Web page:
The videos are conceived from these specific notions and embody their titles with literal translations into movement that reoccur in different forms throughout each. Nelson describes first seeing her friend in the altered state of quadriplegia, closing the scene with the line “The blue was beating.” I have titled the first video, on the north wall, with this line. I believe it speaks to blue’s intrinsic fluidity; even when life is seemingly halted, it is still stirring. I think of pulsing cells in mitosis, rebirth in moments of loss. I think of Jarman’s describing his presentation of blue as a “pandemonium of image” even though his visual is seemingly imageless and still.

The second video on the east wall, “Sinking to the Surface,” ponders the transformation of suffering into strength. The video utilizes shifts in perspectives, flipping the view upside down so the surface is on the bottom, so subject matter that is descending seems to be ascending. Although rooted in despair, both Jarman and Nelson reveal a deepened understanding of what it means to be alive; they have sunk to the surface.

The third video, on the west wall, is titled after the poem “Widening Circles” by Rainer Maria Rilke from Book of Hours. The poem speaks to the openness of both doubt and belief, echoing Bluets, which talks about believing in the unknown (Nelson, Bluets, 89). The video consists entirely of footage taken underwater of the surface, a circular view. This video culminates with a repeated clip of ripples. The ripples move outward than reverse inward several times with the final clip spanning outward, an evident reference to the title.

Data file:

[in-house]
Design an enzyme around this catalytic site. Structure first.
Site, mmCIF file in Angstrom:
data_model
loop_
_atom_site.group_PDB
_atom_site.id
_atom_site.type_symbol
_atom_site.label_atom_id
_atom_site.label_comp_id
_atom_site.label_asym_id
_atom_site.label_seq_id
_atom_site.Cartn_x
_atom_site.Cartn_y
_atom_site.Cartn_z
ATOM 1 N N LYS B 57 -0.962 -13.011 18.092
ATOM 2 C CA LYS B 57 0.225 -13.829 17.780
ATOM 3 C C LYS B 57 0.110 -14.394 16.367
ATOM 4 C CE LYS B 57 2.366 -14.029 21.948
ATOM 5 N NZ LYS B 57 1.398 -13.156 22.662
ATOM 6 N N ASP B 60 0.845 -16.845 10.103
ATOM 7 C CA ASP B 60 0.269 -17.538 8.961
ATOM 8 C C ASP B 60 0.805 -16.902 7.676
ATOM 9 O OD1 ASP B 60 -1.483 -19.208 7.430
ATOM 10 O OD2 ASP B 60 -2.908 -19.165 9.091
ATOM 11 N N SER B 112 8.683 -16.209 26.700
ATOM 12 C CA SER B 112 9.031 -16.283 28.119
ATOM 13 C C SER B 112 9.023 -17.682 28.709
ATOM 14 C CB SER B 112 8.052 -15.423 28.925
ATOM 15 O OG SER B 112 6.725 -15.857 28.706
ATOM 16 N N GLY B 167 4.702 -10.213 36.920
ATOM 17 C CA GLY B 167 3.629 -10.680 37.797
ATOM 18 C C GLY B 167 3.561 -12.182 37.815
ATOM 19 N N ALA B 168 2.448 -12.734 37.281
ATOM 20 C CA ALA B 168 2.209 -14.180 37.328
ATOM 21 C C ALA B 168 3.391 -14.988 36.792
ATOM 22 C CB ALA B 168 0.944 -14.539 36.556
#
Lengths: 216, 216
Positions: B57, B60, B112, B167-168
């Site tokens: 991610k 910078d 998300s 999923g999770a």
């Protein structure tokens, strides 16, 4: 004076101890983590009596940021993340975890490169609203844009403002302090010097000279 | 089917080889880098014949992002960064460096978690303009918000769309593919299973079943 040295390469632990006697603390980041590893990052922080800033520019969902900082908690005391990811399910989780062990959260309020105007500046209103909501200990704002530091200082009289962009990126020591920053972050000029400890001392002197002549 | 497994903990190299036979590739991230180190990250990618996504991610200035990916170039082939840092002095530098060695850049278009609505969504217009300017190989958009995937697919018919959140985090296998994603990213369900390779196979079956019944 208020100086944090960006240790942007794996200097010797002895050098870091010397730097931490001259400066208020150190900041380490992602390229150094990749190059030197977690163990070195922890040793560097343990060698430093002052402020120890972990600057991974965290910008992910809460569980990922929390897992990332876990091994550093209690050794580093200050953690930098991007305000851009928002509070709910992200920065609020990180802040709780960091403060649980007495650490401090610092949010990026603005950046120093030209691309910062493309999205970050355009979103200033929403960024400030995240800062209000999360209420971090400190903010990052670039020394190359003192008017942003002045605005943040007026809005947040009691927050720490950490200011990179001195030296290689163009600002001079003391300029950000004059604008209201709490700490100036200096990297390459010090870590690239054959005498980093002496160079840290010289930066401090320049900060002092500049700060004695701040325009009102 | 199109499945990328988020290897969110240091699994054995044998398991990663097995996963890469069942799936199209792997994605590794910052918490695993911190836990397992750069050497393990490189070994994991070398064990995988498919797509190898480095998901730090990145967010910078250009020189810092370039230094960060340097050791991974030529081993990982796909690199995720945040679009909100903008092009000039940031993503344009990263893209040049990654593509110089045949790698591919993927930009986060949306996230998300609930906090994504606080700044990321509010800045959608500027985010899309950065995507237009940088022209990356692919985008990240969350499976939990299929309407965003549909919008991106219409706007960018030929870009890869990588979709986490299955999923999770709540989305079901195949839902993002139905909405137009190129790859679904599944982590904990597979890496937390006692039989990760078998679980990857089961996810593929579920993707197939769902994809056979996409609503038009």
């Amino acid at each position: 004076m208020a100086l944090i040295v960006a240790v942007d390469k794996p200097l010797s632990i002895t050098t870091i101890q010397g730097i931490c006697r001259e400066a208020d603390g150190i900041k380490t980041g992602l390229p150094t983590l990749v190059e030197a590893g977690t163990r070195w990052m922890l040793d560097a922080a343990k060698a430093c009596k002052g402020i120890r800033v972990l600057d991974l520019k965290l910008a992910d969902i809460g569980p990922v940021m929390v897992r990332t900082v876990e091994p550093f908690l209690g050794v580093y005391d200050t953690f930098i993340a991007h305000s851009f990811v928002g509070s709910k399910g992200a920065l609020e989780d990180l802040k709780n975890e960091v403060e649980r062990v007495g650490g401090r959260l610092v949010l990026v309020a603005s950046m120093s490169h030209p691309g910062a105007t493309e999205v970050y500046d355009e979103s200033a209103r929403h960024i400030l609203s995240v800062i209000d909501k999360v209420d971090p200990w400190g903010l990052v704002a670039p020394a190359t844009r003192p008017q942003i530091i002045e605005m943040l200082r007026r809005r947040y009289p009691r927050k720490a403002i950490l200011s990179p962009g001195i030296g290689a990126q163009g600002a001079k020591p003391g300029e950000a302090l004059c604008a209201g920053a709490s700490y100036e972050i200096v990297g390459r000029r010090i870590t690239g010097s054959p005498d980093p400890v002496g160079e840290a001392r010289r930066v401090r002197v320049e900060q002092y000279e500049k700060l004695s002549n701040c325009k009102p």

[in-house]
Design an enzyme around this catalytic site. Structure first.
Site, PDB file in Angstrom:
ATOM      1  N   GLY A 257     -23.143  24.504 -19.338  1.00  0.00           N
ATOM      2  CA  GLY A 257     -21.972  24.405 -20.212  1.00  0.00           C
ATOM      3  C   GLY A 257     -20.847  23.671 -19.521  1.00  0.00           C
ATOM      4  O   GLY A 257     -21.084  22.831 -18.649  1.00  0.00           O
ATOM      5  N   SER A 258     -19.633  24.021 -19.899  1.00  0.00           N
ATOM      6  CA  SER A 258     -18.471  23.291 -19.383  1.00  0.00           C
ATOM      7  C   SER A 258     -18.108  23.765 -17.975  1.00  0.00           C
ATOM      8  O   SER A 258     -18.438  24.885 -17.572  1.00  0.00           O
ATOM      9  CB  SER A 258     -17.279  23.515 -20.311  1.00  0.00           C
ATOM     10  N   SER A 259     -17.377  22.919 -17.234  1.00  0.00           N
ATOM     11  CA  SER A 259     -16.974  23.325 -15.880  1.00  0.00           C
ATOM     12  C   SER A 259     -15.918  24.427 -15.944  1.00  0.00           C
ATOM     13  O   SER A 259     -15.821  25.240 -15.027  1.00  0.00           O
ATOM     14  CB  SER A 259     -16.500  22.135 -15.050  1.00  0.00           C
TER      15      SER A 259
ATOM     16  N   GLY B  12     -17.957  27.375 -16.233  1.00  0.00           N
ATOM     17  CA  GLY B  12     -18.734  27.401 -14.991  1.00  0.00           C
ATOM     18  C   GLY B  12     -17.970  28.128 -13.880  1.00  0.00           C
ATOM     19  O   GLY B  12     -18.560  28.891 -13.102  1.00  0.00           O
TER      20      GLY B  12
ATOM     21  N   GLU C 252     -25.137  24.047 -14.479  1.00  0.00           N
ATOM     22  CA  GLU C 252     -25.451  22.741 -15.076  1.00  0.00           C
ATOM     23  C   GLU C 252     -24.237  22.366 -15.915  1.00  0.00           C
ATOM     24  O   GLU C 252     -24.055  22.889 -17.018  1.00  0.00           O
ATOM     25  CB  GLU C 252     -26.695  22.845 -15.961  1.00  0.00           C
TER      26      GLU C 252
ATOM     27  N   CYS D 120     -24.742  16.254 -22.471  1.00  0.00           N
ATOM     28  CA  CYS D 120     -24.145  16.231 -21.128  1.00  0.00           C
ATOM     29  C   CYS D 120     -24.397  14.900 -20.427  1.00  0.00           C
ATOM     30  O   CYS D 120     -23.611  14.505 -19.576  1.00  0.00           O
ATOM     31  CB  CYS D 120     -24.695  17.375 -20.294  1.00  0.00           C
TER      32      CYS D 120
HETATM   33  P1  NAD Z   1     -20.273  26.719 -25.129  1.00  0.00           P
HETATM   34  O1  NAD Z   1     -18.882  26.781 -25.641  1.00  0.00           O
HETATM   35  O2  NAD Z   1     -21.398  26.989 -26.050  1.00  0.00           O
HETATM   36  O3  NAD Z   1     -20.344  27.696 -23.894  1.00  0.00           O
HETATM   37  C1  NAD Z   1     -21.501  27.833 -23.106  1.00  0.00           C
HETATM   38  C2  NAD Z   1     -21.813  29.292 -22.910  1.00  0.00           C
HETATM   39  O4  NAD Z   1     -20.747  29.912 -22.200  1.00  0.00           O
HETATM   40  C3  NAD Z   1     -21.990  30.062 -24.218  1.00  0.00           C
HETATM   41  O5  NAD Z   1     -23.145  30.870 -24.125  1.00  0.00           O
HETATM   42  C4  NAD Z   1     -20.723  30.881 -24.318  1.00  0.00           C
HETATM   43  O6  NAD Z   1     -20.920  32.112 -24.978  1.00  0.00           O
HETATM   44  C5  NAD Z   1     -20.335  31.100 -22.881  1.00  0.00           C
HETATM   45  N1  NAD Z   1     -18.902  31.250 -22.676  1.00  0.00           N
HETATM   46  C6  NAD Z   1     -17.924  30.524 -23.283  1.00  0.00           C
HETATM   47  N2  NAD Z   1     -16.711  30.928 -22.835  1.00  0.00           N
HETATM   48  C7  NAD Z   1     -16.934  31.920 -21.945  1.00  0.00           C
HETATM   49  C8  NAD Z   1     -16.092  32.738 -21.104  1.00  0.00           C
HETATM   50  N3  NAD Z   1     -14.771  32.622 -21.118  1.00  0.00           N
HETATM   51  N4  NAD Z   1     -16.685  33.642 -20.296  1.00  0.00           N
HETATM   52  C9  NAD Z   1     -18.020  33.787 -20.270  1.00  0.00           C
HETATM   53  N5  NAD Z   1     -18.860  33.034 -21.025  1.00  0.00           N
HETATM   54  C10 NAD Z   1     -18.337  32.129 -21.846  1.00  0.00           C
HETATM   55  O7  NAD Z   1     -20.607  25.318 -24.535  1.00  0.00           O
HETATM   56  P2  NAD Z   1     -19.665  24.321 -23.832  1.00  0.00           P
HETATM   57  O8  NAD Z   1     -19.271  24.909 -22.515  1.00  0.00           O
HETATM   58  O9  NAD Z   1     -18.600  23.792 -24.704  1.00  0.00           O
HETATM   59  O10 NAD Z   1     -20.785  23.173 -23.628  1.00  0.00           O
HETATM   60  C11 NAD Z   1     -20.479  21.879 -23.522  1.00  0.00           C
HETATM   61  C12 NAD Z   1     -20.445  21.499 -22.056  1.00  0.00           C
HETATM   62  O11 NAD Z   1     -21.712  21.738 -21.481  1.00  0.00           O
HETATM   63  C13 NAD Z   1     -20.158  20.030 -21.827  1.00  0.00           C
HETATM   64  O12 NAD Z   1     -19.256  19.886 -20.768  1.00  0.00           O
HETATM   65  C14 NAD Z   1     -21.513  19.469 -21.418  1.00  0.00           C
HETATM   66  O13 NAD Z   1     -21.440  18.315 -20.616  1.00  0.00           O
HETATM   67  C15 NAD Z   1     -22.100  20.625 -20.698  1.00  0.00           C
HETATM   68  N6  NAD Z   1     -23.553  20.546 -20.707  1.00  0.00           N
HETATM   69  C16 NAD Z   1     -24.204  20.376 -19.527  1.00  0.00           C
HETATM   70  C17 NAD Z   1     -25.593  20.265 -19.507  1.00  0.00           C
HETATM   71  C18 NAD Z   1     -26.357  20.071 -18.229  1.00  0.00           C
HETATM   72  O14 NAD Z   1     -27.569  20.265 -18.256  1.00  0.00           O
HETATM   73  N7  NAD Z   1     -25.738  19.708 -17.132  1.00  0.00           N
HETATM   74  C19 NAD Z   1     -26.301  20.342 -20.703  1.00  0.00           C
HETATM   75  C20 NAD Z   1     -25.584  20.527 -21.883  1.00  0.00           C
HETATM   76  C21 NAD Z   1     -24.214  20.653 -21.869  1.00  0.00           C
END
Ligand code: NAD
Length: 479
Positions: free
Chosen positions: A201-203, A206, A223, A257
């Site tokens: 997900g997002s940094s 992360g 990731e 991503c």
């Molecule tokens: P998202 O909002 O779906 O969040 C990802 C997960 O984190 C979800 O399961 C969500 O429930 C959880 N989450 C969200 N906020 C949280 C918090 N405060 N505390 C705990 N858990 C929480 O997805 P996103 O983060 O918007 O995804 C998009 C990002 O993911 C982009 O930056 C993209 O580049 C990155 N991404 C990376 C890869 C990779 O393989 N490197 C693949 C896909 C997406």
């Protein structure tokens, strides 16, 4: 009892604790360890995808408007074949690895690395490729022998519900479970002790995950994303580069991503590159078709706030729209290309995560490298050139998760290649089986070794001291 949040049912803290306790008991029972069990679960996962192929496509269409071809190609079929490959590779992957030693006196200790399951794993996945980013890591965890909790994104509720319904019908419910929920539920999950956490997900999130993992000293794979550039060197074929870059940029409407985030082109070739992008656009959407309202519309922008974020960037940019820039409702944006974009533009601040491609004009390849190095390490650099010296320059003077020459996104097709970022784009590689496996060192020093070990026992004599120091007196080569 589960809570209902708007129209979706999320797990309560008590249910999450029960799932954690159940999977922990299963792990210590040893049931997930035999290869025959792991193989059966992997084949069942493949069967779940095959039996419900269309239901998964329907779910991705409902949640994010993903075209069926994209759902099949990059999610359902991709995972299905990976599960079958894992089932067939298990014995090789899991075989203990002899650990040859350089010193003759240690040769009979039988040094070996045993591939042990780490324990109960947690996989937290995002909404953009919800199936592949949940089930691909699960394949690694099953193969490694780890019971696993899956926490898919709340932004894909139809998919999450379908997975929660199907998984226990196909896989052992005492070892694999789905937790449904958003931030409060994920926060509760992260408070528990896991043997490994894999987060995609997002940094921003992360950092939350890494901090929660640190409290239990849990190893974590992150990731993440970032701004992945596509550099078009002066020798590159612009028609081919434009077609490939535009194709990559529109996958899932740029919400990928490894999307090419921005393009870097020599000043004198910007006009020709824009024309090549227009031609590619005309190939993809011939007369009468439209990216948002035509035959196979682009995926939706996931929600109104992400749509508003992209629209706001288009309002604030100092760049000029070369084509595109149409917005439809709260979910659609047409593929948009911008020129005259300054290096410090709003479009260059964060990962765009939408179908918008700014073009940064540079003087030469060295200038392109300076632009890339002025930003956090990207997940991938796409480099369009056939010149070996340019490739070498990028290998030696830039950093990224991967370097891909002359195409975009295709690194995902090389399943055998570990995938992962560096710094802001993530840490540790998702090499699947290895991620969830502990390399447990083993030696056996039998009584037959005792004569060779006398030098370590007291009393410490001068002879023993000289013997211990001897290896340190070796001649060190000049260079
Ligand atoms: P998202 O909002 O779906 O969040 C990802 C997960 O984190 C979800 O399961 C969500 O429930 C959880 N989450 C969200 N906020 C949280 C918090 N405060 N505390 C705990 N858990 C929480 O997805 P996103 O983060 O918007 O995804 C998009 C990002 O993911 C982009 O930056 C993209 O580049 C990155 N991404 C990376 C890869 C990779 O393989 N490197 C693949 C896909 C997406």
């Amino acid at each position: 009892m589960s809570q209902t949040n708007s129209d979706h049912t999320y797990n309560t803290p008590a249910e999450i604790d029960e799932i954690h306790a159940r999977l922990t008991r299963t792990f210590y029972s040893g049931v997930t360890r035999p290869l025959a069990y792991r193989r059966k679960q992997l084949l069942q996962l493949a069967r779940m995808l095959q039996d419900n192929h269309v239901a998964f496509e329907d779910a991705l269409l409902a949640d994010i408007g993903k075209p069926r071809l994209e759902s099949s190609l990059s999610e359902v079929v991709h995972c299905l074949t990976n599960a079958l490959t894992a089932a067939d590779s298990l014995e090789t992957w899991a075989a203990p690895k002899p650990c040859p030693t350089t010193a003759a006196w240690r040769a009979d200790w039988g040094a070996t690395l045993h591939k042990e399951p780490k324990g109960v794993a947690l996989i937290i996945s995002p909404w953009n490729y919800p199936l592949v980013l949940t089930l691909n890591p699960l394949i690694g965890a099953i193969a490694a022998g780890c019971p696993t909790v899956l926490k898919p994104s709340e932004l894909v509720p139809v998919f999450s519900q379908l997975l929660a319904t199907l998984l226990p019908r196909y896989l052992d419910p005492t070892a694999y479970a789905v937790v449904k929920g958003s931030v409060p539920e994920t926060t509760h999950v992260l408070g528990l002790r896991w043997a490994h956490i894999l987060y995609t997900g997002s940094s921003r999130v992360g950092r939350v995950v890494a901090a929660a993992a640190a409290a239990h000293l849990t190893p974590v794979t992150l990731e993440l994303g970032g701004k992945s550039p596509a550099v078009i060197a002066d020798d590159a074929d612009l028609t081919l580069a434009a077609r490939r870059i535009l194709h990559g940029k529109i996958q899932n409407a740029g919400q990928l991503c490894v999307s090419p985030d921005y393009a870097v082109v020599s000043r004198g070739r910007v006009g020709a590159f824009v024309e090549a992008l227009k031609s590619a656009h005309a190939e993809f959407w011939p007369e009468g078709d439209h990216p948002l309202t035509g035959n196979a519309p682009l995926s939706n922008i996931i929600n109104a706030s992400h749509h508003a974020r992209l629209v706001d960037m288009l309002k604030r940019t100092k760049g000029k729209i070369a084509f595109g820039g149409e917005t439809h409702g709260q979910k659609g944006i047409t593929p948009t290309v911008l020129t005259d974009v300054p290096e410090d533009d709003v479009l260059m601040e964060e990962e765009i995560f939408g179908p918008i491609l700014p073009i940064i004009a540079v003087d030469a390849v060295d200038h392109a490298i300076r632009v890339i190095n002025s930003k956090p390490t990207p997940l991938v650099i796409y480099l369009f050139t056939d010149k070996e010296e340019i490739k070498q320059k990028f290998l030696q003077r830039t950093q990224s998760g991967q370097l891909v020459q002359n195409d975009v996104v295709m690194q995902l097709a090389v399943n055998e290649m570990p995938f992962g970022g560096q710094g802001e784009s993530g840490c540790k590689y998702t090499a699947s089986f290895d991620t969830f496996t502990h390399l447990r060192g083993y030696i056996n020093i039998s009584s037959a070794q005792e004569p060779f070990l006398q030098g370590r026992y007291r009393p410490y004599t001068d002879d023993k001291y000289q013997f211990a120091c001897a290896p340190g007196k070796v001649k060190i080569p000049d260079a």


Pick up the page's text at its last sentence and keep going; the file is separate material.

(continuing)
While distinct, the three themes traverse each video. This ripple sequence, other repeated clips that alternate reversed, and stop motion footage continue the idea of “Beating” behind the first video. Circular motions and descent upwards take place in all the videos. All the videos include footage of a figure whose face is veiled in blue cloth, symbolizing blue becoming a figure or a figure harnessing their own blue, suggesting the process that the viewer could undergo in experiencing the instillation. While propelled by my synthesis of blue, this instillation does not intend to prescribe meaning to the color; it does not aim to project my blue onto others, but rather provide a space for the viewer to be within the color. Perhaps the space awakens the color within the viewer. Perhaps this process reveals a “universal blue”.


A line from Jarman’s Blue:

            “Blue transcends the solemn geography of human limits” (Jarman, Blue)


Nelson speaks of her quadriplegic friend:

“She is too busy asking, in this changed form, what makes a livable life, and how she can live it.”

“As her witness, I can testify to no reason, no lesson. But I can say this: in watching her, sitting with her, helping her, weeping with her, touching her, and talking with her, I have seen the bright pith of her soul. I cannot tell you what it looks like, exactly, but I can say that I have seen it.”

“Likewise, I can say that seeing it has made me a believer, though I cannot say what, or in what, exactly, I have come to believe” (Nelson, Bluets, 89).


I am a believer in blue. What this means exactly, I am not sure.